Gobburi Jagga Raya

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Vijayanagara Empire
Sangama dynasty
Harihara I 1336–1356
Bukka Raya I 1356–1377
Harihara Raya II 1377–1404
Virupaksha Raya 1404–1405
Bukka Raya II 1405–1406
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Ramachandra Raya 1422
Vira Vijaya Bukka Raya 1422–1424
Deva Raya II 1424–1446
Mallikarjuna Raya 1446–1465
Virupaksha Raya II 1465–1485
Praudha Raya 1485
Saluva dynasty
Saluva Narasimha Deva Raya 1485–1491
Thimma Bhupala 1491
Narasimha Raya II 1491–1505
Tuluva dynasty
Tuluva Narasa Nayaka 1491–1503
Vira Narasimha Raya 1503–1509
Krishna Deva Raya 1509–1529
Achyuta Deva Raya 1529–1542
Venkata I 1542
Sadasiva Raya 1542–1570
Aravidu dynasty
Aliya Rama Raya 1542–1565
Tirumala Deva Raya 1565–1572
Sriranga I 1572–1586
Venkata II 1586–1614
Sriranga II 1614
Rama Deva Raya 1617–1632
Venkata III 1632–1642
Sriranga III 1642–1646

Gobburi Jagga Raya (1614–1617 CE) was a de facto King of Vijayanagara Empire on behalf adopted nephew named Chenga Raya, a rival claimant to the Vijaynagara thorne. He was the brother of Venkata II’s favourite Queen Obayamma who was bequeathed the Pulicat region and belonged to the Gobburi family of Nayaks under the Vijayanagar Empire.

Life[edit]

In 1614, after the death of Venkata II, Jagga Raya murdered Sriranga II the succeeding King and his family, but Rama Deva Raya, Sriranga II’s son escape from Vellore.The murder of the Royal family created shock and horror throughout the kingdom, fomenting hatred of Jagga Raya and his group.

Thus Many nobles and chieftains deserted the Jagga Raya faction and joined Rama Deva Raya's camp, which backed a legal royal claimant. He help from the Nayaks of Gingee and Madurai, both eager to get out of the Vijayanagara bond, to attack Rama Deva and his alliance.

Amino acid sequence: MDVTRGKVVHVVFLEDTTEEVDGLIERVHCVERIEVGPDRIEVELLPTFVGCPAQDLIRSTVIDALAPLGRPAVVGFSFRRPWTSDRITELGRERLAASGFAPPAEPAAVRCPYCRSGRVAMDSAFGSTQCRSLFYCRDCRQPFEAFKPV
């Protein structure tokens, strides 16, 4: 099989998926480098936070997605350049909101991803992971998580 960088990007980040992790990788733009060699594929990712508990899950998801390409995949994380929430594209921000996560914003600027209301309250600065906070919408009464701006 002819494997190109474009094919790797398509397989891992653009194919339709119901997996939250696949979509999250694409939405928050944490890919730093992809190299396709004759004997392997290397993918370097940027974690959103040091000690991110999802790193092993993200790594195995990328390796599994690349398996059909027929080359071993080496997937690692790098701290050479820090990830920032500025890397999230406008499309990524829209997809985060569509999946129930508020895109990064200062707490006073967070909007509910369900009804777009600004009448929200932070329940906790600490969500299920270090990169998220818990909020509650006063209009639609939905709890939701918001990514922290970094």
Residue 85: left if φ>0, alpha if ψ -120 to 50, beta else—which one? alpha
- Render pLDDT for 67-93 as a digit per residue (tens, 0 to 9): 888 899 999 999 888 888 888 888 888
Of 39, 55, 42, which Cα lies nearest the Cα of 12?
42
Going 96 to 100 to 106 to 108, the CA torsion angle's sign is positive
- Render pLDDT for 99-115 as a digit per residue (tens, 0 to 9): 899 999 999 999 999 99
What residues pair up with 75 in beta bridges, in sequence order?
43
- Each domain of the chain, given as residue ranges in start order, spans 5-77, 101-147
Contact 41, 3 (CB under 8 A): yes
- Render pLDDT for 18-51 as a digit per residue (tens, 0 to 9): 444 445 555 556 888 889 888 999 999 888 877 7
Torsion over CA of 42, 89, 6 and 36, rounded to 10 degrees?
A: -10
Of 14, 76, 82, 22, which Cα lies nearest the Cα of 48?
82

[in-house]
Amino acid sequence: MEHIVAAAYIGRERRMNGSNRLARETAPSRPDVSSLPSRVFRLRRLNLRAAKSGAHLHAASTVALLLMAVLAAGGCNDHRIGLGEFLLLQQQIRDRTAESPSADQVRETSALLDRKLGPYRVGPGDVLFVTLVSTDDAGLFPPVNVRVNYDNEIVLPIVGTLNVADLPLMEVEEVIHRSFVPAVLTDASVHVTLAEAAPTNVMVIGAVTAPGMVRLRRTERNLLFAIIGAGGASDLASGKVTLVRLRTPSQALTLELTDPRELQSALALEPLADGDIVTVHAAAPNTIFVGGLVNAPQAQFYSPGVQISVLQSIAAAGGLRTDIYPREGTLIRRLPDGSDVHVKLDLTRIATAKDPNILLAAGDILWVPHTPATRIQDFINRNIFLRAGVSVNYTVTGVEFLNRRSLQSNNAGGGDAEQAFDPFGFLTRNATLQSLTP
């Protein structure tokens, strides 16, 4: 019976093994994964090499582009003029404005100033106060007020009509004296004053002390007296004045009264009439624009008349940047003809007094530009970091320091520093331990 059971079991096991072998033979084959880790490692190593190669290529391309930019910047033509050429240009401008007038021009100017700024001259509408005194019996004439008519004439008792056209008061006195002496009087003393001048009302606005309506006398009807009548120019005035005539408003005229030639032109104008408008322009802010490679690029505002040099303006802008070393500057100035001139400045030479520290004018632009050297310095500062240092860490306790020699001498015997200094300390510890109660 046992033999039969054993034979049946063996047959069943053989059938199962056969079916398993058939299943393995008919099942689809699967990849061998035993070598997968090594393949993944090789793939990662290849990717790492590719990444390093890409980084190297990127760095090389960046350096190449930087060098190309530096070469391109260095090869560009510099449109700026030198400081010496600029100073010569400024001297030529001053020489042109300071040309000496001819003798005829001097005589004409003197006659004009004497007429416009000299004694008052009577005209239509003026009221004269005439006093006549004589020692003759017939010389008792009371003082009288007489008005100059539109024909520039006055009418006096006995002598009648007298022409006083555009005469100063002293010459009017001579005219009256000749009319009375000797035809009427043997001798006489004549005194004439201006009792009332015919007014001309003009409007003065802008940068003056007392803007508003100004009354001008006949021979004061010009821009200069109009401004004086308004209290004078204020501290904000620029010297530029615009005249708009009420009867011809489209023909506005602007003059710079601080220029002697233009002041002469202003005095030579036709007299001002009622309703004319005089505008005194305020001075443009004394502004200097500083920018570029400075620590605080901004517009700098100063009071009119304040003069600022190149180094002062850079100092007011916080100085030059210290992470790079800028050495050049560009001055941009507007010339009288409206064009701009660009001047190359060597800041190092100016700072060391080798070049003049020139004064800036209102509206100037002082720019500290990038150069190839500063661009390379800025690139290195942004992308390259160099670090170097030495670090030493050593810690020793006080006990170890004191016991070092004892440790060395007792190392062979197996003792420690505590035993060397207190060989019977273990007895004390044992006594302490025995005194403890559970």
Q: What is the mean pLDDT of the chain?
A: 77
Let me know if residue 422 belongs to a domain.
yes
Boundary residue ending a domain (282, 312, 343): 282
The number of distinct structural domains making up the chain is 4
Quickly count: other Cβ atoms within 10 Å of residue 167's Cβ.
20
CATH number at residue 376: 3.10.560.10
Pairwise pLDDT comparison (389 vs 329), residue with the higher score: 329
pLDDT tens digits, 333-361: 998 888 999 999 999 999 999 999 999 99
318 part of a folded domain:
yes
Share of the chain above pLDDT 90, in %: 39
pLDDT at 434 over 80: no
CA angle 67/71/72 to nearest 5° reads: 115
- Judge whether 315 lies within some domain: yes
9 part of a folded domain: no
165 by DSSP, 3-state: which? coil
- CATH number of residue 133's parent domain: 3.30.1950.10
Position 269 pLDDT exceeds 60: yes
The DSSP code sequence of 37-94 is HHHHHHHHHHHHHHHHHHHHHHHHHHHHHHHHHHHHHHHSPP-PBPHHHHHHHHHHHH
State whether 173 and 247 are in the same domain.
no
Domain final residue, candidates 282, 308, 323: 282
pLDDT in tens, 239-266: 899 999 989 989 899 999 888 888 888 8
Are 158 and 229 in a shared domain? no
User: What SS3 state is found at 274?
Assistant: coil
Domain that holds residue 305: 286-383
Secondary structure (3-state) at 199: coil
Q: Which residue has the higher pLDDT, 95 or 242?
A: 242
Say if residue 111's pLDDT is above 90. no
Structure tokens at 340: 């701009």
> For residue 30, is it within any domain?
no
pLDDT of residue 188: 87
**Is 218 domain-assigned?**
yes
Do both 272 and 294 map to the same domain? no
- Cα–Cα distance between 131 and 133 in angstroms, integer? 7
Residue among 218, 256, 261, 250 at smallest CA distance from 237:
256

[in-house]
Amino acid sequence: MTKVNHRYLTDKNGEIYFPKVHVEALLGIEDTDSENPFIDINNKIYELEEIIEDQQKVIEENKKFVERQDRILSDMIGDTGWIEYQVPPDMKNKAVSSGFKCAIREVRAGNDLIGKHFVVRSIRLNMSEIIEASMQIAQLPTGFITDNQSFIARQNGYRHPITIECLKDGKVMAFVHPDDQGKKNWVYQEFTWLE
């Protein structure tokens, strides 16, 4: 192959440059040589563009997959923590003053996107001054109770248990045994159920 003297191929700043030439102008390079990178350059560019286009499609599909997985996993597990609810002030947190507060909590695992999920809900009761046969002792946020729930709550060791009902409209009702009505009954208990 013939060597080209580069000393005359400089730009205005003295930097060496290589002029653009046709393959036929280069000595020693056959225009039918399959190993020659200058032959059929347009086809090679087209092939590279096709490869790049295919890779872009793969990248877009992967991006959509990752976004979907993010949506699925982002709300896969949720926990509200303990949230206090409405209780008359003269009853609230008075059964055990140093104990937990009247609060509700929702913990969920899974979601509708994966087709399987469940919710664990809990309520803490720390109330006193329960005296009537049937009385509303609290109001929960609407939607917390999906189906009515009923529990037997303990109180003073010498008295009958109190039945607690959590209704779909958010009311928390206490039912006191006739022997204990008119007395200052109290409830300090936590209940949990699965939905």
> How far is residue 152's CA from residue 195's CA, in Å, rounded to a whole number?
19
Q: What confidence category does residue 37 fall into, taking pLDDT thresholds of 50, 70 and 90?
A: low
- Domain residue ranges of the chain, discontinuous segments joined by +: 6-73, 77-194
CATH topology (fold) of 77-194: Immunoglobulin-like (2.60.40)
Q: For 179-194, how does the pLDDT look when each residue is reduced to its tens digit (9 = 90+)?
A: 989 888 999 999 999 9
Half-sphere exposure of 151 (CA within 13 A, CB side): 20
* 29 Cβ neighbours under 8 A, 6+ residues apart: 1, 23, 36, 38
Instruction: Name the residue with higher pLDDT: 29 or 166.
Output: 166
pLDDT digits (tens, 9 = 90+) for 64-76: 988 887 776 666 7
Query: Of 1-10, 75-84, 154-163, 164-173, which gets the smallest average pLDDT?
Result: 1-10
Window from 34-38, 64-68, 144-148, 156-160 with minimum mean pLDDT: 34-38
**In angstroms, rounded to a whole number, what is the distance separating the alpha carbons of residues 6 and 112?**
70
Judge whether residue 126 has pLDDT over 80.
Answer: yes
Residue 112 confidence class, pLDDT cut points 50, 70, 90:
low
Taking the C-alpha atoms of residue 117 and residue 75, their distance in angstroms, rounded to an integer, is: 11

Battle of Toppur[edit]

Jagga Raya and his allies, the Nayaks of Madurai, Nayaks of Gingee, Chera ruler and Portuguese from the coast assembled a large army near Tiruchirapalli. Both the Armies met at the Toppur, at an open field on the northern banks of River Cauvery, between Tiruchirapalli and Grand Anicut in late 1616.

In the Battle Jagga Raya's troops could not withstand the aggression generated by the imperial forces. Yachama Nayakadu, the Nayak of Kalahasti and Raghunatha Nayaka, the generals of the imperial camp led their forces with great discipline. Jagga Raya was slain by Yachama, and his army was broken in the ranks which subsequently took flight by early 1617.

References[edit]

  • Velcheru Narayana Rao, and David Shulman, Sanjay Subrahmanyam. Symbols of substance : court and state in Nayaka period Tamilnadu (Delhi ; Oxford : Oxford University Press, 1998) ; xix, 349 p., [16] p. of plates : ill., maps ; 22 cm. ; Oxford India paperbacks ; Includes bibliographical references and index ; ISBN 0-19-564399-2.
  • Sathianathaier, R. History of the Nayaks of Madura [microform] by R. Sathyanatha Aiyar ; edited for the University, with introduction and notes by S. Krishnaswami Aiyangar ([Madras] : Oxford University Press, 1924) ; see also ([London] : H. Milford, Oxford university press, 1924) ; xvi, 403 p. ; 21 cm. ; SAMP early 20th-century Indian books project item 10819.
  • K.A. Nilakanta Sastry, History of South India, From Prehistoric times to fall of Vijayanagar, 1955, OUP, (Reprinted 2002) ISBN 0-19-560686-8.